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IDS11-J. Eliminate noncharacter code points before validation

In some versions prior to Unicode 5.2, conformance clause C7 allows the deletion of noncharacter code points. For example, conformance clause C7 from Unicode 5.1 states [Unicode 2007]:

  • C7. When a process purports not to modify the interpretation of a valid coded character sequence, it shall make no change to that coded character sequence other than the possible replacement of character sequences by their canonical-equivalent sequences or the deletion of noncharacter code points.

According to the Unicode Technical Report #36, Unicode Security Considerations [Davis 2008b], Section 3.5, “Deletion of Noncharacters”:

Whenever a character is invisibly deleted (instead of replaced), such as in this older version of C7, it may cause a security problem. The issue is the following: A gateway might be checking for a sensitive sequence of characters, say “delete.” If what is passed in is “deXlete,” where X is a noncharacter, the gateway lets it through: The sequence “deXlete” may be in and of itself harmless. However, suppose that later on, past the gateway, an internal process invisibly deletes the X. In that case, the sensitive sequence of characters is formed, and can lead to a security breach.

Any string modifications, including the removal or replacement of noncharacter code points, must be performed before any validation of the string is performed.

Noncompliant Code Example

This noncompliant code example accepts only valid ASCII characters and deletes any non-ASCII characters. It also checks for the existence of a <script> tag.

Input validation is being performed before the deletion of non-ASCII characters. Consequently, an attacker can disguise a <script> tag and bypass the validation checks.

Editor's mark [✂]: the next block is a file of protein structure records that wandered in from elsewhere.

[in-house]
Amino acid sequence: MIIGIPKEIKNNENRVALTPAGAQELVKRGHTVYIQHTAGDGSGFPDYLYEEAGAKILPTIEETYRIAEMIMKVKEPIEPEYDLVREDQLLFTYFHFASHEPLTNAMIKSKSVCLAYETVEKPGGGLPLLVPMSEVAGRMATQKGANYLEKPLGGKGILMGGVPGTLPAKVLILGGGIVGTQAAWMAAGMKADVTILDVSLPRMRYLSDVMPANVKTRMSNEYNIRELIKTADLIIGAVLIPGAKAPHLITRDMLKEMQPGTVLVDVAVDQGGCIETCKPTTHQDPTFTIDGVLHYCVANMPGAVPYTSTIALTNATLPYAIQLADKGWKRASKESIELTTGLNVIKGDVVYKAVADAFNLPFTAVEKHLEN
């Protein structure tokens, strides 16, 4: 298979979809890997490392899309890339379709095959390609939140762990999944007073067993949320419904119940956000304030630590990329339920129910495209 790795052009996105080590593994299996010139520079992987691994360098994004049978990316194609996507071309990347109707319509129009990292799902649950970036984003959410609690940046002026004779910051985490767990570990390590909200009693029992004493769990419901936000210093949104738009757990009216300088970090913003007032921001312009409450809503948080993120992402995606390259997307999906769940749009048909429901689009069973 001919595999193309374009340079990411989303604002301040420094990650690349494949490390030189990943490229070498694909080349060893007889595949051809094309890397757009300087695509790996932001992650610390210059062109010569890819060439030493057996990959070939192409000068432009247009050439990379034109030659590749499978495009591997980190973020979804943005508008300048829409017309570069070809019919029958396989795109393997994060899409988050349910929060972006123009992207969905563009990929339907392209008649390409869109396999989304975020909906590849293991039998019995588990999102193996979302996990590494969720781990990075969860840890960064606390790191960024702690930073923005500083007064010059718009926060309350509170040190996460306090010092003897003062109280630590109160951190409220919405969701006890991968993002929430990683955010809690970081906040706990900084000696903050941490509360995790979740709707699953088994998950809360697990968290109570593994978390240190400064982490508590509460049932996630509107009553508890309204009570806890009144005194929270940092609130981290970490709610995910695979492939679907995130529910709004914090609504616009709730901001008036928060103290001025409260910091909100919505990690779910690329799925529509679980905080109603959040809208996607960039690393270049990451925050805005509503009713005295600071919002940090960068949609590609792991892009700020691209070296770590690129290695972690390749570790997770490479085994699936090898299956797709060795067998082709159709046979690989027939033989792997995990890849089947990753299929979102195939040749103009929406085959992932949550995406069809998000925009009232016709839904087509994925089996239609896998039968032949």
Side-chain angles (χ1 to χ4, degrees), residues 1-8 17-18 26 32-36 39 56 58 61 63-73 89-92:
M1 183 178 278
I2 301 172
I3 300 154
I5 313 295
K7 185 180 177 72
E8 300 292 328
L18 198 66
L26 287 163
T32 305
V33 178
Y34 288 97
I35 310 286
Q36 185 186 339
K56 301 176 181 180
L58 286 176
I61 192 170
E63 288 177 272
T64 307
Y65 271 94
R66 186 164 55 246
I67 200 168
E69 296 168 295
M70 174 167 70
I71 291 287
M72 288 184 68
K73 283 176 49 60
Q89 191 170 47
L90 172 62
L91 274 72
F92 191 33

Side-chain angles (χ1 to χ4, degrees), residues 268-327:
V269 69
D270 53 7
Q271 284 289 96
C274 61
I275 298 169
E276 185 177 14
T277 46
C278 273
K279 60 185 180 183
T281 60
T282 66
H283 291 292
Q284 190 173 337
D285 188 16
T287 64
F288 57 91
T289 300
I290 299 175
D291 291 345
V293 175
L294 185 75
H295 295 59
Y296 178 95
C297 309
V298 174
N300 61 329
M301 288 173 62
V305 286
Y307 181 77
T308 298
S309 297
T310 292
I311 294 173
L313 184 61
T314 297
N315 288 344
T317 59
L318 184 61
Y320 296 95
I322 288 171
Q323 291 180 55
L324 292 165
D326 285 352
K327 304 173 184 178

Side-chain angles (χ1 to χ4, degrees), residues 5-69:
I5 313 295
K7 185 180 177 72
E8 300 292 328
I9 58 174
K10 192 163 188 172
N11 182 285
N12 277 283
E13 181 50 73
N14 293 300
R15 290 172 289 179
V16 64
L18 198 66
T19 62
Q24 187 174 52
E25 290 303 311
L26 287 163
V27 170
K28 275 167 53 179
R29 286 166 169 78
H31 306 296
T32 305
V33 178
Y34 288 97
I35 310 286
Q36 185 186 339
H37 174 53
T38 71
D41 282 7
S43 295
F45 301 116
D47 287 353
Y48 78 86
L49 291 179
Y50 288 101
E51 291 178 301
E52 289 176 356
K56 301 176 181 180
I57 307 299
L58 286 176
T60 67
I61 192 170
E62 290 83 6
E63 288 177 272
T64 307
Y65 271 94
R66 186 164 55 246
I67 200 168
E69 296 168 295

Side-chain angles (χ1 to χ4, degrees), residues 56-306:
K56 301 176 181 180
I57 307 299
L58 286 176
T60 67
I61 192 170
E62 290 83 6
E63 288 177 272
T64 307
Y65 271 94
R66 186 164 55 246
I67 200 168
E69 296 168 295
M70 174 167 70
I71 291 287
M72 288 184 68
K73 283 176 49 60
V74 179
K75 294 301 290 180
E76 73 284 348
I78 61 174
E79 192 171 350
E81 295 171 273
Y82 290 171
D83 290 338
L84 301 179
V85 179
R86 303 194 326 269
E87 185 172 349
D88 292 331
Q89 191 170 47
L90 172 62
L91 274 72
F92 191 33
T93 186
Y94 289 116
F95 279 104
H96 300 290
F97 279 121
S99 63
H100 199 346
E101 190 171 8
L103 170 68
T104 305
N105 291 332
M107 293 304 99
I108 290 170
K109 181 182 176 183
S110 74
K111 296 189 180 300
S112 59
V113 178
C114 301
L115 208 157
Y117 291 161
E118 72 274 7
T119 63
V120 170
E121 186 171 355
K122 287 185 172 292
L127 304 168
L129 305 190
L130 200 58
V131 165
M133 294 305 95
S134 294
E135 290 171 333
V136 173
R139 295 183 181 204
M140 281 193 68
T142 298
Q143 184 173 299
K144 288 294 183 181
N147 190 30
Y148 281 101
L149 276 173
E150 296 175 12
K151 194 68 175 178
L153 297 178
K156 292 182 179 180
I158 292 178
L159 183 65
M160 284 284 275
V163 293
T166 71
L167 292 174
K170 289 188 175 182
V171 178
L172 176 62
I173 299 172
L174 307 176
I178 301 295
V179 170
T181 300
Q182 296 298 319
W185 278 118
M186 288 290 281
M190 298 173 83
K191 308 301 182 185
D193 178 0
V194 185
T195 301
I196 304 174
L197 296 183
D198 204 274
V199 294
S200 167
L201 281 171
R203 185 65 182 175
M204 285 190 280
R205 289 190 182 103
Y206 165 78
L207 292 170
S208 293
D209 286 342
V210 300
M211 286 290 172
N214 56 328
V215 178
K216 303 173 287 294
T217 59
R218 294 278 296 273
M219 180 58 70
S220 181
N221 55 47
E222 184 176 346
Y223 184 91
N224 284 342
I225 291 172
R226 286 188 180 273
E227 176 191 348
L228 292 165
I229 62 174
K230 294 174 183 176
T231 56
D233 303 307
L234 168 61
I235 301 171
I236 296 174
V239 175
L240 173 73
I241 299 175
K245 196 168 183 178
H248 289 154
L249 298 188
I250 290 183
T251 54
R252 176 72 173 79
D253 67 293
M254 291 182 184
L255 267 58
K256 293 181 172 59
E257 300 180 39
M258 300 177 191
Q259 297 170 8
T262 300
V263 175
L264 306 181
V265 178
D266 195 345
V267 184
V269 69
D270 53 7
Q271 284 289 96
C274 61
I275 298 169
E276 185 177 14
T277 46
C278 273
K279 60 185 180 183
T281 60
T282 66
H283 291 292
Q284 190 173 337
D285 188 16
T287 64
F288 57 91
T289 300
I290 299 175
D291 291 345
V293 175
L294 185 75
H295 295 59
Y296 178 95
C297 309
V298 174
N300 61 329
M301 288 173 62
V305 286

// "\uFEFF" is a non-character code point
String s = "<scr" + "\uFEFF" + "ipt>"; 
s = Normalizer.normalize(s, Form.NFKC);
// Input validation
Pattern pattern = Pattern.compile("<script>");
Matcher matcher = pattern.matcher(s);
if (matcher.find()) {
  System.out.println("Found black listed tag");
} else {
  // ... 
}

// Deletes all non-valid characters 
s = s.replaceAll("^\\p{ASCII}]", "");
// s now contains "<script>"

Compliant Solution

This compliant solution replaces the unknown or unrepresentable character with Unicode sequence \uFFFD, which is reserved to denote this condition. It also does this replacement before doing any other sanitization, in particular, checking for <script>. This ensures that malicious input cannot bypass filters.

String s = "<scr" + "\uFEFF" + "ipt>";

s = Normalizer.normalize(s, Form.NFKC);
// Replaces all non-valid characters with unicode U+FFFD
s = s.replaceAll("^\\p{ASCII}]", "\uFFFD"); 

Pattern pattern = Pattern.compile("<script>");
Matcher matcher = pattern.matcher(s);
if (matcher.find()) {
  System.out.println("Found blacklisted tag");
} else {
  // ... 
}

According to the Unicode Technical Report #36, Unicode Security Considerations [Davis 2008b], “U+FFFD is usually unproblematic, because it is designed expressly for this kind of purpose. That is, because it doesn’t have syntactic meaning in programming languages or structured data, it will typically just cause a failure in parsing. Where the output character set is not Unicode, though, this character may not be available.”

Risk Assessment

Deleting noncharacter code points can allow malicious input to bypass validation checks.

Rule

Severity

Likelihood

Remediation Cost

Priority

Level

IDS11-J

high

probable

medium

P12

L1

Related Guidelines

MITRE CWE

CWE-182. Collapse of data into unsafe value

Bibliography

[API 2006]

[Davis 2008b]

3.5, Deletion of Noncharacters

[Weber 2009]

Handling the Unexpected: Character-Deletion

[Unicode 2007]

[Unicode 2011]

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